While she says the proposal has gotten “negative comments from industry folks” such as the Securities and Financial Markets Association, Peirce points out that the move to adopt CARDS comes precisely at a time when the industry is struggling to implement FINRA’s Consolidated Audit Trail (CAT) requirement.

“It’s just an odd structure [FINRA’s governance model], because you don’t have the industry running it,” Peirce comments. “Members of the industry feel it’s an outside regulator that doesn’t particularly understand their business. They’re saying [of CARDS and CAT] that ‘you’re not taking into account that we have limited resources [to handle both at same time].’”

Another unusual aspect of FINRA’s neither-fish-nor-fowl organizational model relates to its disciplinary discretion to impose fines on members.

“I have grave concerns that they can impose fines and it goes right into their coffers [unlike government agencies that turn such monies over to the U.S. Treasury] — that creates very strange incentives,” Peirce said. “It’s generally not healthy when the regulator imposing a fine can take that fine and use it for its own purposes … That’s a wrongheaded approach. It takes the blinders off justice and creates an incentive to get money.”

Relatedly, Peirce’s paper notes the high level of compensation for FINRA’s leadership. Its CEO earns $2.25 million a year, considerably more than the SEC chairwoman’s annual salary of $165,300.

Finally, the area of potential abuse that is perhaps most acutely felt at the street level is the organization’s enforcement actions against advisors.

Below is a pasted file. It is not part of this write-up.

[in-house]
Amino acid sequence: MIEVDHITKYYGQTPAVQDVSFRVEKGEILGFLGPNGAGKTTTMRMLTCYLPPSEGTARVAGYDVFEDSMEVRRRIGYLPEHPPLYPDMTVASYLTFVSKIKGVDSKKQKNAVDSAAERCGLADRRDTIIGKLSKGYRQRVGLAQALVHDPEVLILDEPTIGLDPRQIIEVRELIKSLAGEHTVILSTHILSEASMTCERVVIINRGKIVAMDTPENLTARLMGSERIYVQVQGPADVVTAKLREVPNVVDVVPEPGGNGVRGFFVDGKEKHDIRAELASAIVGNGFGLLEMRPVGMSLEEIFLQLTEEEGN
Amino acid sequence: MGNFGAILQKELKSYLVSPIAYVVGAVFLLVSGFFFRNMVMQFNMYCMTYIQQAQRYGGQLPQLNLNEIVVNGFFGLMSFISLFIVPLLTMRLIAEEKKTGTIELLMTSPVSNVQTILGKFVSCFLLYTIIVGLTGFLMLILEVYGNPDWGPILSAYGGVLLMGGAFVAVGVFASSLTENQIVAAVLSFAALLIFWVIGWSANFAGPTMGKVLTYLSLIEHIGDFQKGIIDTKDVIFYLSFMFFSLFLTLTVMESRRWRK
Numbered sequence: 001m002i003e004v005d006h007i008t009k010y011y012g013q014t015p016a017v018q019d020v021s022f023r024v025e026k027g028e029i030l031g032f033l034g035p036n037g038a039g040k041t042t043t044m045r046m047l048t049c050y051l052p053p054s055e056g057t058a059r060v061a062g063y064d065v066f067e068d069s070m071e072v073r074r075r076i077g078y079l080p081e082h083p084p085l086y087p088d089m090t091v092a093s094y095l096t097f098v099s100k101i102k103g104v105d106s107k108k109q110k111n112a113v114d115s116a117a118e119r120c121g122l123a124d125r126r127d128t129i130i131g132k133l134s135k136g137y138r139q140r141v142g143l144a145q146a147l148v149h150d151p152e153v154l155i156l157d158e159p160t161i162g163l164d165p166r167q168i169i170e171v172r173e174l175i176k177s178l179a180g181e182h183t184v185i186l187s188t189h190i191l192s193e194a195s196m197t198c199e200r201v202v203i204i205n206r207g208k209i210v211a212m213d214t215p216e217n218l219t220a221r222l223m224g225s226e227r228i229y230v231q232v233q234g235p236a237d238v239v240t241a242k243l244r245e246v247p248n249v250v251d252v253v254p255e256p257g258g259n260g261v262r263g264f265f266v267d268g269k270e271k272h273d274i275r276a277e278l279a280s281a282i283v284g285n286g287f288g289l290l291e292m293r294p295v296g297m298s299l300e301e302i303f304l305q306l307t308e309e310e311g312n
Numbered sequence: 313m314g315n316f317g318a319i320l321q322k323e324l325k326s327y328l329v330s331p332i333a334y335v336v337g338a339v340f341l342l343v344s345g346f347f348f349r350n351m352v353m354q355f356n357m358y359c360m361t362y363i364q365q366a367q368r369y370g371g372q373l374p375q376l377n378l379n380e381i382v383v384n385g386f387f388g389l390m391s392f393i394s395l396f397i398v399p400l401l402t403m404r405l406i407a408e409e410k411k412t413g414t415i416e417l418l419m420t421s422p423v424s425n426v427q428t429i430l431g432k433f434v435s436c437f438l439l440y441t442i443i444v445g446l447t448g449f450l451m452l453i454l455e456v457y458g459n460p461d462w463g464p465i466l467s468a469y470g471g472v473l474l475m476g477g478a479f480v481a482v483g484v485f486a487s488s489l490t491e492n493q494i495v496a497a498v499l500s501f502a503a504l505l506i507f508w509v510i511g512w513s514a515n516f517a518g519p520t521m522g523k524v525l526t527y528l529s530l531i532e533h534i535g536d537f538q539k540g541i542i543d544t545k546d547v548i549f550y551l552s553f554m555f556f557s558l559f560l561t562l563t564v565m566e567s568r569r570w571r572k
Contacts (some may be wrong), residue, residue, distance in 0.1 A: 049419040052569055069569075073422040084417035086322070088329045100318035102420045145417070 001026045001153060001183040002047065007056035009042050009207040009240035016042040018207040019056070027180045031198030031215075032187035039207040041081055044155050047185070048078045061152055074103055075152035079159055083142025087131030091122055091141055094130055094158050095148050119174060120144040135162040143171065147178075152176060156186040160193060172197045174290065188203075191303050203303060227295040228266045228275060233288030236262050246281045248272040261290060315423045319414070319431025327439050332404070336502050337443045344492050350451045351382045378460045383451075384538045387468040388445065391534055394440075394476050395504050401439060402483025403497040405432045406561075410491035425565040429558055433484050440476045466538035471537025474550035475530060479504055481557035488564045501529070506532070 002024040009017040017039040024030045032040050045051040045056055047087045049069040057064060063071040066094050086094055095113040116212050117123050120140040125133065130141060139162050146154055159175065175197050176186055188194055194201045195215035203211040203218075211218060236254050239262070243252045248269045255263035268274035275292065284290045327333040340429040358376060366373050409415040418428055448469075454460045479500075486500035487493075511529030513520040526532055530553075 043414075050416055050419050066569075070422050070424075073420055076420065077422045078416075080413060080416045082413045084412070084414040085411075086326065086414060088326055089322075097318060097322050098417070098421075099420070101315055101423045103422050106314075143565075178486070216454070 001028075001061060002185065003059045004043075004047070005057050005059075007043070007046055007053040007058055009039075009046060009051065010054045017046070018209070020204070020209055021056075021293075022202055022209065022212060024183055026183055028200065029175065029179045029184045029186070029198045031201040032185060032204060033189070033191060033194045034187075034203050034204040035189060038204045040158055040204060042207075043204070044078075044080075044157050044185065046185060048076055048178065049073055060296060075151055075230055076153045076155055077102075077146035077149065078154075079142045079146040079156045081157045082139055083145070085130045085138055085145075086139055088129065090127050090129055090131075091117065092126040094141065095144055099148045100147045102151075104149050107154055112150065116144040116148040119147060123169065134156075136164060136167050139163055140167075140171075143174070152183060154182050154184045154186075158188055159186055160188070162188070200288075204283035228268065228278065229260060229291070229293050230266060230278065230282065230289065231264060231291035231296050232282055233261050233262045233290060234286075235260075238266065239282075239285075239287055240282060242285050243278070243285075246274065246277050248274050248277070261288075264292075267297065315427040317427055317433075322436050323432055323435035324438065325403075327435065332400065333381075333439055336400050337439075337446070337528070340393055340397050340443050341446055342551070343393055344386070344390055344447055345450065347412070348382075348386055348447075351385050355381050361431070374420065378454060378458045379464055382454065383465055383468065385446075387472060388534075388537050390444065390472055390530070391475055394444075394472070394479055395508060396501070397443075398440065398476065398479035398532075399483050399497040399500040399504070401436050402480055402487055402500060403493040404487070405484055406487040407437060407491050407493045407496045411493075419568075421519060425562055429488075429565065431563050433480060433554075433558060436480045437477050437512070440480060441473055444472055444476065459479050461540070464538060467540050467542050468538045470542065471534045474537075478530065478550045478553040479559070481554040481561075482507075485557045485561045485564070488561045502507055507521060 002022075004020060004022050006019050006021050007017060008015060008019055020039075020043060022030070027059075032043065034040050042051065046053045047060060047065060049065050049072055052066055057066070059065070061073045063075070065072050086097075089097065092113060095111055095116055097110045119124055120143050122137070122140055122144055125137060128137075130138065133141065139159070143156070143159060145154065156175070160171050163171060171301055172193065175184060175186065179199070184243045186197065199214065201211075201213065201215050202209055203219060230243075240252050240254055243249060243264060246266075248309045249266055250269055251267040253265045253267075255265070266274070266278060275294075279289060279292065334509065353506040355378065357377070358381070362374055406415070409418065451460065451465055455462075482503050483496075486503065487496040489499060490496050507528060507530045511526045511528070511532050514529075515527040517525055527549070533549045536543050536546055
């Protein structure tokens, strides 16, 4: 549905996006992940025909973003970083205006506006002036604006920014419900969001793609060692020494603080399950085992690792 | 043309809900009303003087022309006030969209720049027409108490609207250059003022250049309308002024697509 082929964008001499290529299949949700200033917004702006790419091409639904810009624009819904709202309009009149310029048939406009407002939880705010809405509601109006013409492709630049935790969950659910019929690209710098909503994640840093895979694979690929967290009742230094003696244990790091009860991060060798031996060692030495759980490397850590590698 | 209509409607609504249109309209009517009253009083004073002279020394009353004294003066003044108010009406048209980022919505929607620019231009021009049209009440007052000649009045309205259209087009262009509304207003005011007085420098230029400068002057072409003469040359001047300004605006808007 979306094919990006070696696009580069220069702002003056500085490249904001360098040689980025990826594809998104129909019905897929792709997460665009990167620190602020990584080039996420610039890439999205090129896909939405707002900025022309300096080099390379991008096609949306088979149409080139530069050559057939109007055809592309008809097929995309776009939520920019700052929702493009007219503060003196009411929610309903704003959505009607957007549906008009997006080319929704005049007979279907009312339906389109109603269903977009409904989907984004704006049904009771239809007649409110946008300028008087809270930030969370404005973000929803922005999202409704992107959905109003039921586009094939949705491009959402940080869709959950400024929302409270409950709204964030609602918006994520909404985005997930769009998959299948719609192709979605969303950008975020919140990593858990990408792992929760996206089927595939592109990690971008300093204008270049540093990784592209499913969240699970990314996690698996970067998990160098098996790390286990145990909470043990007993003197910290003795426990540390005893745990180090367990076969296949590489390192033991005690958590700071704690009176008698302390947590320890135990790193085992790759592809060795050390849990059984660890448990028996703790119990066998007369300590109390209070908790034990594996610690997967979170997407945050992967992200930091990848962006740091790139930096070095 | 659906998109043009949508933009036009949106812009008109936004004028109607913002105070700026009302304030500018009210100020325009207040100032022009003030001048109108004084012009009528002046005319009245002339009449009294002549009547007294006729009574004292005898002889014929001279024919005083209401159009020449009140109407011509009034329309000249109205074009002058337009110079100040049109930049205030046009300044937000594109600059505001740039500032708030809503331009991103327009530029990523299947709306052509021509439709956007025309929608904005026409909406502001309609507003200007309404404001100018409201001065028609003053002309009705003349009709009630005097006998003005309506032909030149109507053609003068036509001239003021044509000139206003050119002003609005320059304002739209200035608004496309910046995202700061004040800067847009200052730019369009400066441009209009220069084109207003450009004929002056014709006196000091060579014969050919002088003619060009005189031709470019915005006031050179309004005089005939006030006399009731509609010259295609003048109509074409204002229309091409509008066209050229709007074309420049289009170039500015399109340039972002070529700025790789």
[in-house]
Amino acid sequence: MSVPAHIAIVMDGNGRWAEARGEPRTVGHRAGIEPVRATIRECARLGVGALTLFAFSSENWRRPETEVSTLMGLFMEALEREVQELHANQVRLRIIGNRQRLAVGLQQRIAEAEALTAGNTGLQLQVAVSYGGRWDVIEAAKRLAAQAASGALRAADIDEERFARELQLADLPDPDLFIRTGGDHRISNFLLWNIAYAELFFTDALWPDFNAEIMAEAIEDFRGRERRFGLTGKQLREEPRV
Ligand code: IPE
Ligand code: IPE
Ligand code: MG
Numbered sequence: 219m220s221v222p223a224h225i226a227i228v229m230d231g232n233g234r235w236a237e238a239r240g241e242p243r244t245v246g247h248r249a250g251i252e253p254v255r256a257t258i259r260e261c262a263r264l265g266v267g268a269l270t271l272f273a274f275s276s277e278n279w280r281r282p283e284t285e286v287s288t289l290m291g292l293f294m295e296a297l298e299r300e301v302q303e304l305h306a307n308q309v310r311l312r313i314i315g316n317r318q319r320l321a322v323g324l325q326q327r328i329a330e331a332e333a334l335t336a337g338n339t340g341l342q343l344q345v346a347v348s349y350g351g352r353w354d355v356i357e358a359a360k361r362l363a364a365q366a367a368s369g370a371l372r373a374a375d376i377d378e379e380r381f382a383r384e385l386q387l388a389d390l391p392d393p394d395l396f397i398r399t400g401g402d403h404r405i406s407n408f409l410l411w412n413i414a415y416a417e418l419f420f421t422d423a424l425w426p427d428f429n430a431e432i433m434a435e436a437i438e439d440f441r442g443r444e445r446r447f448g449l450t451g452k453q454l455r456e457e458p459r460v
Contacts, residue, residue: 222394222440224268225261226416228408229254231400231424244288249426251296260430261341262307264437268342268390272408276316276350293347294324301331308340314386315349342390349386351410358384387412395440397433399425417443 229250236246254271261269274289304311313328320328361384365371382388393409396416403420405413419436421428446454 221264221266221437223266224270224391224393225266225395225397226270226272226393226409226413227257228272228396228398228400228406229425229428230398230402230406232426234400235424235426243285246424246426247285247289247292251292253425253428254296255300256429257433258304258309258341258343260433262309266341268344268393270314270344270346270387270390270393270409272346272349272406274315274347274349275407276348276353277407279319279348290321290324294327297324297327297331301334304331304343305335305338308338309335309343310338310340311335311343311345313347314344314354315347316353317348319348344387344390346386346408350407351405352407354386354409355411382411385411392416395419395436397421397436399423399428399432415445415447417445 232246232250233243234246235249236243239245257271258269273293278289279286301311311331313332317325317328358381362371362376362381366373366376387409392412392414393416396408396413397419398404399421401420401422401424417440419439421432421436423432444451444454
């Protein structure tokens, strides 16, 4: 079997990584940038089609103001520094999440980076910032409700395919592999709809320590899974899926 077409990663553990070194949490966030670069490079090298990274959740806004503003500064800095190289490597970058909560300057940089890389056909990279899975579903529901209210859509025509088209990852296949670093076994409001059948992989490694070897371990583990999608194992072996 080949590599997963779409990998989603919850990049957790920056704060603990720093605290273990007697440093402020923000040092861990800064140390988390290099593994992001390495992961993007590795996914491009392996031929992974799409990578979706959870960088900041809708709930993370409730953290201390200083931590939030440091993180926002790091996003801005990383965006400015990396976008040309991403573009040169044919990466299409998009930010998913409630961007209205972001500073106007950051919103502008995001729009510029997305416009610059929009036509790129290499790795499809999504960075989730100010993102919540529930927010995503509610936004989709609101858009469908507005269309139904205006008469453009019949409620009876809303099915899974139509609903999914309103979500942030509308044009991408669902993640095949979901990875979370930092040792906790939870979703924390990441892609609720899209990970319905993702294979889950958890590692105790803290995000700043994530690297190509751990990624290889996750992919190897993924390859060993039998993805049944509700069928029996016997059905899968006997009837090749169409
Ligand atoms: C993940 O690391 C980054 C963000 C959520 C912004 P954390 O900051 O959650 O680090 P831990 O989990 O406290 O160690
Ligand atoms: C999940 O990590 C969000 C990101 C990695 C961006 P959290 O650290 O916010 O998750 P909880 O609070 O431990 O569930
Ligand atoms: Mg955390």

Not unlike the currently publicized witch hunts on college campuses where accused students are not afforded the rights defendants have in U.S. courts, advisors accused of suitability violations sometimes settle even when they disagree with the charges against them.

She cites a case she read about in which such an advisor “just settled and got out of the industry… because the process was very expensive” and the lack of due process protections added to the advisor’s difficulties.

While Peirce says it is possible that FINRA had a great case against the advisor (“I didn’t look at the details”), she adds based on anecdotal information that “surely there are cases where the person who [refused to fight FINRA] had a meritorious case.”

The Mercatus research fellow concludes that the American public is most hurt by an unreformed FINRA — “that’s because we’re being sold a regulatory scheme that looks a lot more just than it actually is,” she explained. “A close second to that are people interested in being in that industry. Because it does change their decision about whether to enter the industry and whether that’s a system they want to subject themselves to.”

Peirce says that it’s not just the rogues but honest financial advisors whose lives are adversely affected by FINRA’s procedures. “Even a good broker is going to have customer complaints because when people lose money, they complain,” the expert says.

While there are two approaches — one governmental and one industry-based — to increasing public disclosure and procedural obligations to increase accountability, Peirce advocates making FINRA into a true SRO.

That, she argues, is the longstanding tradition in U.S. securities markets going back to the New York Stock Exchange and over-the-counter markets. The combination of industry expertise and funding, and a self-interest in rooting out crooks, beats the track record of government regulators and trumps the inadequacies she finds in FINRA, her research paper argues.